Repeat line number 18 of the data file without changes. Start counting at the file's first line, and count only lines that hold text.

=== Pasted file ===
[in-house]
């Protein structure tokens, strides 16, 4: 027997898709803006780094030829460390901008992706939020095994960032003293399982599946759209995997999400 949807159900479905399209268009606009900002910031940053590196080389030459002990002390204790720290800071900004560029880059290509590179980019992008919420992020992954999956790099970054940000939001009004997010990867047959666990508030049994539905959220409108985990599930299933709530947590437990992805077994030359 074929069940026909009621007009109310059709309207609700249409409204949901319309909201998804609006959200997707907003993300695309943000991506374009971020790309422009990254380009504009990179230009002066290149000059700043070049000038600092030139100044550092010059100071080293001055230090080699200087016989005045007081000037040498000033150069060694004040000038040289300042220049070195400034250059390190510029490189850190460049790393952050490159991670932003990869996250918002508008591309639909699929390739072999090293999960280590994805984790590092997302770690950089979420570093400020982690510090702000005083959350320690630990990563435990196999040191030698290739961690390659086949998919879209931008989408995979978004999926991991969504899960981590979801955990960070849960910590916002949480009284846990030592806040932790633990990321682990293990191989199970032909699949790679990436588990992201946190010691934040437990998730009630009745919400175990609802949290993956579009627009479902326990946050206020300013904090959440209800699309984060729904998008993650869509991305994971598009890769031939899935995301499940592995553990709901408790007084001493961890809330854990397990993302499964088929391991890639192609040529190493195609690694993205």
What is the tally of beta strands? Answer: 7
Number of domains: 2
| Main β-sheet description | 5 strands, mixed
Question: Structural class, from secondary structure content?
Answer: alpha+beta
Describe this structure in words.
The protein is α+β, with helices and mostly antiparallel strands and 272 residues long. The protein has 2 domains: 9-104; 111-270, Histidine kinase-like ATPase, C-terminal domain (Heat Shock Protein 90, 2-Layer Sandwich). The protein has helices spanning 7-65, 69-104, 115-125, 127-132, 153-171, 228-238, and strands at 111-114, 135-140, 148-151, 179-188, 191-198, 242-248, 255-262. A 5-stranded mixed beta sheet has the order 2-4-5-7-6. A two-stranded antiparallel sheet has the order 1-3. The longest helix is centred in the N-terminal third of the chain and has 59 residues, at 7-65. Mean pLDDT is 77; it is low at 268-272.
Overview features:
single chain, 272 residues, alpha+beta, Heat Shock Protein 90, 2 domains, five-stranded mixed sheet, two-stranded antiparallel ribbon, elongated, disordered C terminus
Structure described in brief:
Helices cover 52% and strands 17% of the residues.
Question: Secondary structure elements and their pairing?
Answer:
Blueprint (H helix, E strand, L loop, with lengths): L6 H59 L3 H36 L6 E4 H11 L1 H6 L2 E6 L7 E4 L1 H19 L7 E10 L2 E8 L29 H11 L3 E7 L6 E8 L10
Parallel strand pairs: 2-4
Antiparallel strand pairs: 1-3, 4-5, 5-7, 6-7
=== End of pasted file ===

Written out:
Antiparallel strand pairs: 1-3, 4-5, 5-7, 6-7